(PhysOrg.com) -- Microsoft's "Manual Deskterity" combines touch and pen for a more natural user experience working with Microsoft Surface (tabletop touchscreen) and newer versions of Windows 7 tablet.
Microsoft’s aims are to combine pen and multi-touch input into a more natural user experience. For example, moving papers around on your desk and jotting notes on them, and then dropping them into folders for filing. The pen input is great for certain tasks, but not others; the same holds true for touch.
Microsoft’s new user interface exhibits many interesting features when combining the pen and touch interaction on the touchscreen. Take for instance, if a user wanted to copy an object, they can do so by holding it down with one hand and dragging the pen across the image to peel off a new one and place it anywhere on the desk.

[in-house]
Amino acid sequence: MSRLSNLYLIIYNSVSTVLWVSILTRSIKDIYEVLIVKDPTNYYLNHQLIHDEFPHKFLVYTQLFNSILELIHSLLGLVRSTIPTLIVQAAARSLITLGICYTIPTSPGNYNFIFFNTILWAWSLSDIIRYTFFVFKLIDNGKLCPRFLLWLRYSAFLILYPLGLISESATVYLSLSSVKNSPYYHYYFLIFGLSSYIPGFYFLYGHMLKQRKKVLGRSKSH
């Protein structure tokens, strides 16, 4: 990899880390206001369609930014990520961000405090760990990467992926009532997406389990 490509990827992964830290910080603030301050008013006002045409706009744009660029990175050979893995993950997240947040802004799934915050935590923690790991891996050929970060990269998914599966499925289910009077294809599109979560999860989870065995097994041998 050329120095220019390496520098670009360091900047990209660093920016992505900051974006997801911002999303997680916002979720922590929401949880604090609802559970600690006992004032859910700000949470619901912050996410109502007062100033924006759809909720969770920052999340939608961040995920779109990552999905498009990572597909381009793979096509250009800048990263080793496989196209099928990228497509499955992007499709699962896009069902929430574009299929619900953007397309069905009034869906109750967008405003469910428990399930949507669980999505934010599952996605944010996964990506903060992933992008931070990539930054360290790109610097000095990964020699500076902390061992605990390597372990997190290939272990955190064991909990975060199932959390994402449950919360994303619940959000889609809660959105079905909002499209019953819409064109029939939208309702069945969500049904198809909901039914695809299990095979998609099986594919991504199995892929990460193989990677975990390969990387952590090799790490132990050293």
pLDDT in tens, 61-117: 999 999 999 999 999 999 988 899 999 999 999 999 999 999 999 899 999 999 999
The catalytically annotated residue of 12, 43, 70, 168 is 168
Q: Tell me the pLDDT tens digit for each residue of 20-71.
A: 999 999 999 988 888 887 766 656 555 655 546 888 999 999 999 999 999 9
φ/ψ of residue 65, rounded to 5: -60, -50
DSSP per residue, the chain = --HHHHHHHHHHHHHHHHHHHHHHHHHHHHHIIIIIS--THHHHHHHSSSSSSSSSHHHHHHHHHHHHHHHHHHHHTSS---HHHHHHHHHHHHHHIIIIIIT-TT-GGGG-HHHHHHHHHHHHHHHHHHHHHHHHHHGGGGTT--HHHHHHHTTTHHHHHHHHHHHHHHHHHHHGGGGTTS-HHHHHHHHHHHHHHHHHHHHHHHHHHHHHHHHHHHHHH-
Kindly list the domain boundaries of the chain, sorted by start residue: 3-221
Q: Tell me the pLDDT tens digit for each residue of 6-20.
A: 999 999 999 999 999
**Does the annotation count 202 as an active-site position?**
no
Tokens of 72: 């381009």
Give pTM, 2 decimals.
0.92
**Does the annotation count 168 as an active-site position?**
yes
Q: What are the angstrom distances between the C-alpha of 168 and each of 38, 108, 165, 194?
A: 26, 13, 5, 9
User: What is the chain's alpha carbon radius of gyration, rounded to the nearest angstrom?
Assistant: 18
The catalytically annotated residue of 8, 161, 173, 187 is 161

The above video demonstrates many user interface techniques that would have to be learned to fully utilize all the features incorporated into “Manual Deskterity”. Microsoft believes that the natural user interface will ease the learning process and prevent users from trying to remember a sequence of commands or menu operations.
Microsoft’s researchers have arrived at the following perspective: the pen writes, touch manipulates, and the combination of both yields new tools.
By combining the two, Microsoft researchers are working on a whole new variety of tools for interacting with your computer. There are also plans to adapt this user interface to work on mobile devices.
Explore further: Microsoft Announces Windows Mobile 6.5